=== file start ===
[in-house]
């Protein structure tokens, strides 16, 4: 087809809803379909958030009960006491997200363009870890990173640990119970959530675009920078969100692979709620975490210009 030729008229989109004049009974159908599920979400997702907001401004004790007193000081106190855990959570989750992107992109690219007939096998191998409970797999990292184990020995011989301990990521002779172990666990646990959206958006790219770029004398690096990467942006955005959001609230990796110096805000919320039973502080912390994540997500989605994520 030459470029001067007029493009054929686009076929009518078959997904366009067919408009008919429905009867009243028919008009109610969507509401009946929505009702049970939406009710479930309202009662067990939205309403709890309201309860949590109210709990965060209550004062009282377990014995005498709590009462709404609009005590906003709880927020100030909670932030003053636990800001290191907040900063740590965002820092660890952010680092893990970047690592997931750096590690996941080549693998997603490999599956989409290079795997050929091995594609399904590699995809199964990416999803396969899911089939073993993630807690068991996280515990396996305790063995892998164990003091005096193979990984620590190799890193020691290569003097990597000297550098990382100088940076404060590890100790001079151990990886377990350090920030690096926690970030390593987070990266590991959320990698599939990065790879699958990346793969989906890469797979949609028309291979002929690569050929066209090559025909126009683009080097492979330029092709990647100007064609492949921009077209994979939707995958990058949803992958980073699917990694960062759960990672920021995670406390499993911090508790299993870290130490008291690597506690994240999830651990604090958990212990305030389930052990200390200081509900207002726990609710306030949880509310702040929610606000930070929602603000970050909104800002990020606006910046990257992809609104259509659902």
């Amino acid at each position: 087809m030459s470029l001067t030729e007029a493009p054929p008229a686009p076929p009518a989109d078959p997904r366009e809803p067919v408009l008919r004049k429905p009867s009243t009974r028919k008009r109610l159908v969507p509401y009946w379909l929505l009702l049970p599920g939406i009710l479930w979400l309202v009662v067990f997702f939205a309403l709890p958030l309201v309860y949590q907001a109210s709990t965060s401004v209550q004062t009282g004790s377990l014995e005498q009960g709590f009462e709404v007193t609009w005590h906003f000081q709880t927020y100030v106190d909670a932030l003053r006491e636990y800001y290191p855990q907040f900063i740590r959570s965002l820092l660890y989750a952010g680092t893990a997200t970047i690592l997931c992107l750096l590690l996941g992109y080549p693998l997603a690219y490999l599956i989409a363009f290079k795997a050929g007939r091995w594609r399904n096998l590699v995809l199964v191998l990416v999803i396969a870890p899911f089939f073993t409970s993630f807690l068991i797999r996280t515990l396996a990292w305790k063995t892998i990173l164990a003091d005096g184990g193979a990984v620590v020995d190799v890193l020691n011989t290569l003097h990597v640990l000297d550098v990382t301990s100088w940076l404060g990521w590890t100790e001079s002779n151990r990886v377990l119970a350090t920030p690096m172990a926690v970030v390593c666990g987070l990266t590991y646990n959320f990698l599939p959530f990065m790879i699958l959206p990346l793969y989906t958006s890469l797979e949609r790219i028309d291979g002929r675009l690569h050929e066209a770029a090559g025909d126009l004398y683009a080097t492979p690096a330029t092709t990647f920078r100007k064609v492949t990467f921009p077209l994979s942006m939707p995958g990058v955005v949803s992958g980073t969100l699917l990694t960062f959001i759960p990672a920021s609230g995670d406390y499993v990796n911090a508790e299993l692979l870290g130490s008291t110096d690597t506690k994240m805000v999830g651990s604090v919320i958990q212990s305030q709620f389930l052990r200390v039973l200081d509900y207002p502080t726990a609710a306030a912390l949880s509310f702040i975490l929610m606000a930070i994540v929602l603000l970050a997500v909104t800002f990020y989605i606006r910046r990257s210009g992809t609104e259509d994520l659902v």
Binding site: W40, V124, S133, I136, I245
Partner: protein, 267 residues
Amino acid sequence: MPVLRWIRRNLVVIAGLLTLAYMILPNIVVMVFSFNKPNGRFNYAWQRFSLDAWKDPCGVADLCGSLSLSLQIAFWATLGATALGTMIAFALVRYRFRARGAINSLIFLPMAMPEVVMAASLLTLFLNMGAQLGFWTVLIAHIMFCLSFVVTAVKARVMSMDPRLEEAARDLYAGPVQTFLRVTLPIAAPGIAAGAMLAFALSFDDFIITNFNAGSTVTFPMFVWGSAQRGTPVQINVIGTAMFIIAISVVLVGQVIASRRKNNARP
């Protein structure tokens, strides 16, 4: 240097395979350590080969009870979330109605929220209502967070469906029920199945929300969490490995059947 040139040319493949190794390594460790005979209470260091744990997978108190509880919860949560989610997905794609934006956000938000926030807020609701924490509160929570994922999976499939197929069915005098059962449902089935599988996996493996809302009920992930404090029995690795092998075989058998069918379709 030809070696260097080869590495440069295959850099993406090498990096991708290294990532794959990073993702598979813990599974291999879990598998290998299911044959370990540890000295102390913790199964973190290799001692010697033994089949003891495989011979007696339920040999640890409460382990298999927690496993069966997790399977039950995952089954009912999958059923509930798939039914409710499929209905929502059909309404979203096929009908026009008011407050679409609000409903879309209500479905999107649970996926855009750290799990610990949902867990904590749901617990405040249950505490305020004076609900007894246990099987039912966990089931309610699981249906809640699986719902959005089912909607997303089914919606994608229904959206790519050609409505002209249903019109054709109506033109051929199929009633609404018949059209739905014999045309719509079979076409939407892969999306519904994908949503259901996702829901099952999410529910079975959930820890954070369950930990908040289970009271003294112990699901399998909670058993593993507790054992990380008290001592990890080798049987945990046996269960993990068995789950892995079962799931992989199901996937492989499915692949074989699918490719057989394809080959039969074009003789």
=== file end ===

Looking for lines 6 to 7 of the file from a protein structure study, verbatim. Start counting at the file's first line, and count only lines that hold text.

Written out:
Amino acid sequence: MPVLRWIRRNLVVIAGLLTLAYMILPNIVVMVFSFNKPNGRFNYAWQRFSLDAWKDPCGVADLCGSLSLSLQIAFWATLGATALGTMIAFALVRYRFRARGAINSLIFLPMAMPEVVMAASLLTLFLNMGAQLGFWTVLIAHIMFCLSFVVTAVKARVMSMDPRLEEAARDLYAGPVQTFLRVTLPIAAPGIAAGAMLAFALSFDDFIITNFNAGSTVTFPMFVWGSAQRGTPVQINVIGTAMFIIAISVVLVGQVIASRRKNNARP
């Protein structure tokens, strides 16, 4: 240097395979350590080969009870979330109605929220209502967070469906029920199945929300969490490995059947 040139040319493949190794390594460790005979209470260091744990997978108190509880919860949560989610997905794609934006956000938000926030807020609701924490509160929570994922999976499939197929069915005098059962449902089935599988996996493996809302009920992930404090029995690795092998075989058998069918379709 030809070696260097080869590495440069295959850099993406090498990096991708290294990532794959990073993702598979813990599974291999879990598998290998299911044959370990540890000295102390913790199964973190290799001692010697033994089949003891495989011979007696339920040999640890409460382990298999927690496993069966997790399977039950995952089954009912999958059923509930798939039914409710499929209905929502059909309404979203096929009908026009008011407050679409609000409903879309209500479905999107649970996926855009750290799990610990949902867990904590749901617990405040249950505490305020004076609900007894246990099987039912966990089931309610699981249906809640699986719902959005089912909607997303089914919606994608229904959206790519050609409505002209249903019109054709109506033109051929199929009633609404018949059209739905014999045309719509079979076409939407892969999306519904994908949503259901996702829901099952999410529910079975959930820890954070369950930990908040289970009271003294112990699901399998909670058993593993507790054992990380008290001592990890080798049987945990046996269960993990068995789950892995079962799931992989199901996937492989499915692949074989699918490719057989394809080959039969074009003789």